The way I see it, I own the phone. If I "hack it" it doesn't harm Apples businesss in the slightest, and it doesn't harm AT&T. Do you "hack" your PC? Have you pulled out an old hard drive and put in a bigger one? How about installed applications that make your machine do something it didn't do out of the factory? No kidding.

If I want to use my phone as a storage device, why shouldn't I be able to? If you want your car to go faster, should Chevy repossess your car if you put exhaust on it? A new chip in it? I think not.

Now, if you're talking about stealing proprietary information, stealing AT&T network services, or otherwise really harming someone's businesss - then I agree something should be done. But to suggest we should immediately lose our $600 phones because we "hacked" it to gain disc access or to install 3rd party applications is beyond retarded.
 

bigviking

New Member
Bronze
Jul 4, 2007
60
0
0
#4
That up to interpretation

Good god, nice post.
I don't have time left in my work day to read the whole thing, but about this first point.

I'm not sure this is even legal, outside of the hacked phone having some negative effect on the network on which it operates. You paid for the device, it's yours. No company has the right to just "disable" it.
That's like an Apple tech walking up to someone with a hacked phone and smashing it with a hammer, and just walking away. lol
Actually, you have bought hardware and licensed software that runs on that hardware. The software that runs on the iPhone has a licensing agreement. I believe that one of the terms of this agreement deals with not altering the software. If the users voilates the licensing agreement on the software, I think it's ok to make the software stop working. In fact, many software companies to this today with complex key validation techniques. In this case, a side affect of making the software stop working would be that the phone would be useless. No physical damage would actually be done to the phone.

I really don't think it's practical to build up an army of Apple tech's to walk up to everyone with a hacked phone and smash it with a hammer. My solution is just more cost effective, and easier to implement.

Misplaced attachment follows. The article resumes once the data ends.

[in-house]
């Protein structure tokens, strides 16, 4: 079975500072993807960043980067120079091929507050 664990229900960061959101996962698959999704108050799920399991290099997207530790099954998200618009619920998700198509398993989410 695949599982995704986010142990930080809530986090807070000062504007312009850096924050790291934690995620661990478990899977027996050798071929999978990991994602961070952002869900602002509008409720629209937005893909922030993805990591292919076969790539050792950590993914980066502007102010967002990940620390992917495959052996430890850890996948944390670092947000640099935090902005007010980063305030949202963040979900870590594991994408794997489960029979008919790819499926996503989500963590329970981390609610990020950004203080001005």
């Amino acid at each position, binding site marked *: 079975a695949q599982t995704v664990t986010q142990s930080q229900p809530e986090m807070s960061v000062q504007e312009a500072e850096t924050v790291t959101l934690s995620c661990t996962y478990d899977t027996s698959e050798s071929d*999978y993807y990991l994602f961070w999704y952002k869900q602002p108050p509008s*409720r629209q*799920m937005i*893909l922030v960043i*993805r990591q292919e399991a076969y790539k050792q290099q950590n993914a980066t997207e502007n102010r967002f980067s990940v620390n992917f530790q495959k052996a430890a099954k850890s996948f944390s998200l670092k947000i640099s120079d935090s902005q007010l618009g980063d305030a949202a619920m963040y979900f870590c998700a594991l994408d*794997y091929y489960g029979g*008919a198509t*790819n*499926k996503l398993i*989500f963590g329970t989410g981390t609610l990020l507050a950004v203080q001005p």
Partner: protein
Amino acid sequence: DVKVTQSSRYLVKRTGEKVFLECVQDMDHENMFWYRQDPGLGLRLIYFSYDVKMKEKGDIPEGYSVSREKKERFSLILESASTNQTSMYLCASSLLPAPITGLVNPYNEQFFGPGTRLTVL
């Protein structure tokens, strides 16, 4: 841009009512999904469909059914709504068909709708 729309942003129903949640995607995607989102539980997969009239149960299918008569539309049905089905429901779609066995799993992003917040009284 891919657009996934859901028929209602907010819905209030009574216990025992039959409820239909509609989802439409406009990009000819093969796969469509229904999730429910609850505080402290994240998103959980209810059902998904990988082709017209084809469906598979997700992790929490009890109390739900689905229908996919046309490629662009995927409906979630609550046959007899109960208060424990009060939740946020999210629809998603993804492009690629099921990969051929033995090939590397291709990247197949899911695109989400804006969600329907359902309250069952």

bigviking

New Member
Bronze
Jul 4, 2007
60
0
0
#6
Yes, I have done all of these things

The way I see it, I own the phone. If I "hack it" it doesn't harm Apples businesss in the slightest, and it doesn't harm AT&T. Do you "hack" your PC? Have you pulled out an old hard drive and put in a bigger one? How about installed applications that make your machine do something it didn't do out of the factory? No kidding.

If I want to use my phone as a storage device, why shouldn't I be able to? If you want your car to go faster, should Chevy repossess your car if you put exhaust on it? A new chip in it? I think not.

Now, if you're talking about stealing proprietary information, stealing AT&T network services, or otherwise really harming someone's businesss - then I agree something should be done. But to suggest we should immediately lose our $600 phones because we "hacked" it to gain disc access or to install 3rd party applications is beyond retarded.
I have done all of the things that you have mentioned.

From an end user / hacker / technical perspective I like the idea of hacking the phone to gain access to new features.

Once again, my original post was meant to look at things from an Apple Corporate perspective, not from an end user one.

I bet that less than .0001% of all iPhone users have modified the root filesystems on their phones. You would have a small group of very pissed off owners.

To me, as a company Apple either needs to open up the iPhone to everyone for third party development, or really really lock things down and get serious about security. Anything in between is fairly pointless.
 

J-Sauce

New Member
Bronze
Jul 5, 2007
142
1
0
#7
Actually, you have bought hardware and licensed software that runs on that hardware. The software that runs on the iPhone has a licensing agreement. I believe that one of the terms of this agreement deals with not altering the software. If the users voilates the licensing agreement on the software, I think it's ok to make the software stop working. In fact, many software companies to this today with complex key validation techniques. In this case, a side affect of making the software stop working would be that the phone would be useless. No physical damage would actually be done to the phone.

I really don't think it's practical to build up an army of Apple tech's to walk up to everyone with a hacked phone and smash it with a hammer. My solution is just more cost effective, and easier to implement.
By federal law, unlocking of our mobile phones is completely legal.

It would be an enormous risk for Apple to so something like disable our phones just because we practice our own rights.

Besides...don't you think that if they made a "phone home" feature as you stated that would check and disable any hacked phone, that a competent hacker would just disable that feature as well?
 

bigviking

New Member
Bronze
Jul 4, 2007
60
0
0
#8
Who is "beyond retarded" now ?

The way I see it, I own the phone. If I "hack it" it doesn't harm Apples businesss in the slightest, and it doesn't harm AT&T. Do you "hack" your PC? Have you pulled out an old hard drive and put in a bigger one? How about installed applications that make your machine do something it didn't do out of the factory? No kidding.

If I want to use my phone as a storage device, why shouldn't I be able to? If you want your car to go faster, should Chevy repossess your car if you put exhaust on it? A new chip in it? I think not.

I know that only unlocked phones got bricked, but does my original post seem that far off now ?